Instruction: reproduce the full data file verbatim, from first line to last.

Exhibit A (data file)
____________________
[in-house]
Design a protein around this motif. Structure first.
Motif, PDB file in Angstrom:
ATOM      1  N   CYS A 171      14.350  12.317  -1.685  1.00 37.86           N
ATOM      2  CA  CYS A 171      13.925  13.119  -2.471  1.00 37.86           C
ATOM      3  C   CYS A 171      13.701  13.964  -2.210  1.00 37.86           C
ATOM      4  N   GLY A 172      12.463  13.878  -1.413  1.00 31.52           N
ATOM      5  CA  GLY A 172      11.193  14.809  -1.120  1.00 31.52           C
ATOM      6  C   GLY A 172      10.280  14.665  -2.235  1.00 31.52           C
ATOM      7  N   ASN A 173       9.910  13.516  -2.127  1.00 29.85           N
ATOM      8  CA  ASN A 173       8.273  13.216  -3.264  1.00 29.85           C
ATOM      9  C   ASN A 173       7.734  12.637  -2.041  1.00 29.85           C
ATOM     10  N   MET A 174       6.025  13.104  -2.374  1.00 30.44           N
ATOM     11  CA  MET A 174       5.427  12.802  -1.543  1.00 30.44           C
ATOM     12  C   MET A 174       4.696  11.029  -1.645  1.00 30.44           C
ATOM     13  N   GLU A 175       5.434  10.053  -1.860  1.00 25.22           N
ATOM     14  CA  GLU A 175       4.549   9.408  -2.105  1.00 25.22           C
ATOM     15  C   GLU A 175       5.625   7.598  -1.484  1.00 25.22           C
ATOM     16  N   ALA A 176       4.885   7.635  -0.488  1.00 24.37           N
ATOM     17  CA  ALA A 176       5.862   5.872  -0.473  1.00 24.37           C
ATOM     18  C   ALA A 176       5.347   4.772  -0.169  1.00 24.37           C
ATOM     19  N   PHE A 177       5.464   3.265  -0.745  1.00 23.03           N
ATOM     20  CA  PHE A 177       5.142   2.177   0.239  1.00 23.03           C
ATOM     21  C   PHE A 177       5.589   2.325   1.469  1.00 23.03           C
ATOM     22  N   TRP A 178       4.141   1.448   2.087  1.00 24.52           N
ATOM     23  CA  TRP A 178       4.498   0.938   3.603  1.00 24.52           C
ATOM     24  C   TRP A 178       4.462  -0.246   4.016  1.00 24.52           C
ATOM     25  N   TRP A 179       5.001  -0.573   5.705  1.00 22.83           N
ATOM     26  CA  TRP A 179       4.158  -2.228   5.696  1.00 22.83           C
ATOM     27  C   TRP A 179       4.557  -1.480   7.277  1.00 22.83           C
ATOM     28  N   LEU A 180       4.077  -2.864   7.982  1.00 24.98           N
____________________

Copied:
[in-house]
Design a protein around this motif. Structure first.
Motif, PDB file in Angstrom:
ATOM      1  N   CYS A 171      14.350  12.317  -1.685  1.00 37.86           N
ATOM      2  CA  CYS A 171      13.925  13.119  -2.471  1.00 37.86           C
ATOM      3  C   CYS A 171      13.701  13.964  -2.210  1.00 37.86           C
ATOM      4  N   GLY A 172      12.463  13.878  -1.413  1.00 31.52           N
ATOM      5  CA  GLY A 172      11.193  14.809  -1.120  1.00 31.52           C
ATOM      6  C   GLY A 172      10.280  14.665  -2.235  1.00 31.52           C
ATOM      7  N   ASN A 173       9.910  13.516  -2.127  1.00 29.85           N
ATOM      8  CA  ASN A 173       8.273  13.216  -3.264  1.00 29.85           C
ATOM      9  C   ASN A 173       7.734  12.637  -2.041  1.00 29.85           C
ATOM     10  N   MET A 174       6.025  13.104  -2.374  1.00 30.44           N
ATOM     11  CA  MET A 174       5.427  12.802  -1.543  1.00 30.44           C
ATOM     12  C   MET A 174       4.696  11.029  -1.645  1.00 30.44           C
ATOM     13  N   GLU A 175       5.434  10.053  -1.860  1.00 25.22           N
ATOM     14  CA  GLU A 175       4.549   9.408  -2.105  1.00 25.22           C
ATOM     15  C   GLU A 175       5.625   7.598  -1.484  1.00 25.22           C
ATOM     16  N   ALA A 176       4.885   7.635  -0.488  1.00 24.37           N
ATOM     17  CA  ALA A 176       5.862   5.872  -0.473  1.00 24.37           C
ATOM     18  C   ALA A 176       5.347   4.772  -0.169  1.00 24.37           C
ATOM     19  N   PHE A 177       5.464   3.265  -0.745  1.00 23.03           N
ATOM     20  CA  PHE A 177       5.142   2.177   0.239  1.00 23.03           C
ATOM     21  C   PHE A 177       5.589   2.325   1.469  1.00 23.03           C
ATOM     22  N   TRP A 178       4.141   1.448   2.087  1.00 24.52           N
ATOM     23  CA  TRP A 178       4.498   0.938   3.603  1.00 24.52           C
ATOM     24  C   TRP A 178       4.462  -0.246   4.016  1.00 24.52           C
ATOM     25  N   TRP A 179       5.001  -0.573   5.705  1.00 22.83           N
ATOM     26  CA  TRP A 179       4.158  -2.228   5.696  1.00 22.83           C
ATOM     27  C   TRP A 179       4.557  -1.480   7.277  1.00 22.83           C
ATOM     28  N   LEU A 180       4.077  -2.864   7.982  1.00 24.98           N